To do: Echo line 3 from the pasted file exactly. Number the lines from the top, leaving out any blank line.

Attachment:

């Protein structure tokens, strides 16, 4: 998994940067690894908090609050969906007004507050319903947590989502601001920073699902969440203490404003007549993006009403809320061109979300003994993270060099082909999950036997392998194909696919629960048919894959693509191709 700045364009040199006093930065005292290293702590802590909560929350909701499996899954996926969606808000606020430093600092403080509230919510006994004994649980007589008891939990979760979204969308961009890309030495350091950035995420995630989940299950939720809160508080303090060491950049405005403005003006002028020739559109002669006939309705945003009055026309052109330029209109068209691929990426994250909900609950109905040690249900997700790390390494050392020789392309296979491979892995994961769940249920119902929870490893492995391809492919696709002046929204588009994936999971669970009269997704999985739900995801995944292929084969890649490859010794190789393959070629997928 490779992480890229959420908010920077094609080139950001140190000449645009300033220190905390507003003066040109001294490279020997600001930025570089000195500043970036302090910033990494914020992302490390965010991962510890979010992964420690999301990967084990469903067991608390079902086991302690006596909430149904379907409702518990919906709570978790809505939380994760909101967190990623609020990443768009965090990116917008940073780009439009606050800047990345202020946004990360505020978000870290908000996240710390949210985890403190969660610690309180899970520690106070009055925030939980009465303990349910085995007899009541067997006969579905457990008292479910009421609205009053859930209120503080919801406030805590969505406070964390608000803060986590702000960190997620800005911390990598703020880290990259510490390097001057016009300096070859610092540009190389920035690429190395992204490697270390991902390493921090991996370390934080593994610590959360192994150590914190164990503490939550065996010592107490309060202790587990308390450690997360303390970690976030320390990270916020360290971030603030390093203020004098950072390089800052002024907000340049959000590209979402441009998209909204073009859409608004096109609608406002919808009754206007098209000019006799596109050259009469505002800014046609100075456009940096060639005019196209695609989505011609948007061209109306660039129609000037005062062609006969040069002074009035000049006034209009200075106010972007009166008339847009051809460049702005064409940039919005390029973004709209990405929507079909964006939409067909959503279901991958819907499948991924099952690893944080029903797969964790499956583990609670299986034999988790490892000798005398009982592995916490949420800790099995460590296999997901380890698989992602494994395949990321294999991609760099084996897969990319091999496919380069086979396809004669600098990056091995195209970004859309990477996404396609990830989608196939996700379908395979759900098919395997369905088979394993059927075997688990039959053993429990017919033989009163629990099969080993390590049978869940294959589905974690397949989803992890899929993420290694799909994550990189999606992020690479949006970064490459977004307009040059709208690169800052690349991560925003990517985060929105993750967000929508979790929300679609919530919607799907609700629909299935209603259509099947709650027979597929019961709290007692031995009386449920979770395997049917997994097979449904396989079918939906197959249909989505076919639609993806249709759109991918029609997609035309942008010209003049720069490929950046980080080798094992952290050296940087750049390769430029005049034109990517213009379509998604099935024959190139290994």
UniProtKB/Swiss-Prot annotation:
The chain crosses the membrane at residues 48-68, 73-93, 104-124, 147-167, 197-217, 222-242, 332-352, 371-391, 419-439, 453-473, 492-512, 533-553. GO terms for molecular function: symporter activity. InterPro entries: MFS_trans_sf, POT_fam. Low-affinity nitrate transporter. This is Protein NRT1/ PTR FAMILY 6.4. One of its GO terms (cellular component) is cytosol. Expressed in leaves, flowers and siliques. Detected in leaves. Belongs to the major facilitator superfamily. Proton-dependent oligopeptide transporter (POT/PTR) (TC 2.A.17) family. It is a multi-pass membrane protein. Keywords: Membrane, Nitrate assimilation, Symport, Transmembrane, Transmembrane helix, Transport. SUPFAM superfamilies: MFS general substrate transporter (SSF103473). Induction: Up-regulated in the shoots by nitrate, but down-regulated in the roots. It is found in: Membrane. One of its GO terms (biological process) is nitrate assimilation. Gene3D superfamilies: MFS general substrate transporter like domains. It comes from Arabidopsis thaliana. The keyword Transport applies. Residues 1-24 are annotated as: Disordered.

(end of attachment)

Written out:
The chain crosses the membrane at residues 48-68, 73-93, 104-124, 147-167, 197-217, 222-242, 332-352, 371-391, 419-439, 453-473, 492-512, 533-553. GO terms for molecular function: symporter activity. InterPro entries: MFS_trans_sf, POT_fam. Low-affinity nitrate transporter. This is Protein NRT1/ PTR FAMILY 6.4. One of its GO terms (cellular component) is cytosol. Expressed in leaves, flowers and siliques. Detected in leaves. Belongs to the major facilitator superfamily. Proton-dependent oligopeptide transporter (POT/PTR) (TC 2.A.17) family. It is a multi-pass membrane protein. Keywords: Membrane, Nitrate assimilation, Symport, Transmembrane, Transmembrane helix, Transport. SUPFAM superfamilies: MFS general substrate transporter (SSF103473). Induction: Up-regulated in the shoots by nitrate, but down-regulated in the roots. It is found in: Membrane. One of its GO terms (biological process) is nitrate assimilation. Gene3D superfamilies: MFS general substrate transporter like domains. It comes from Arabidopsis thaliana. The keyword Transport applies. Residues 1-24 are annotated as: Disordered.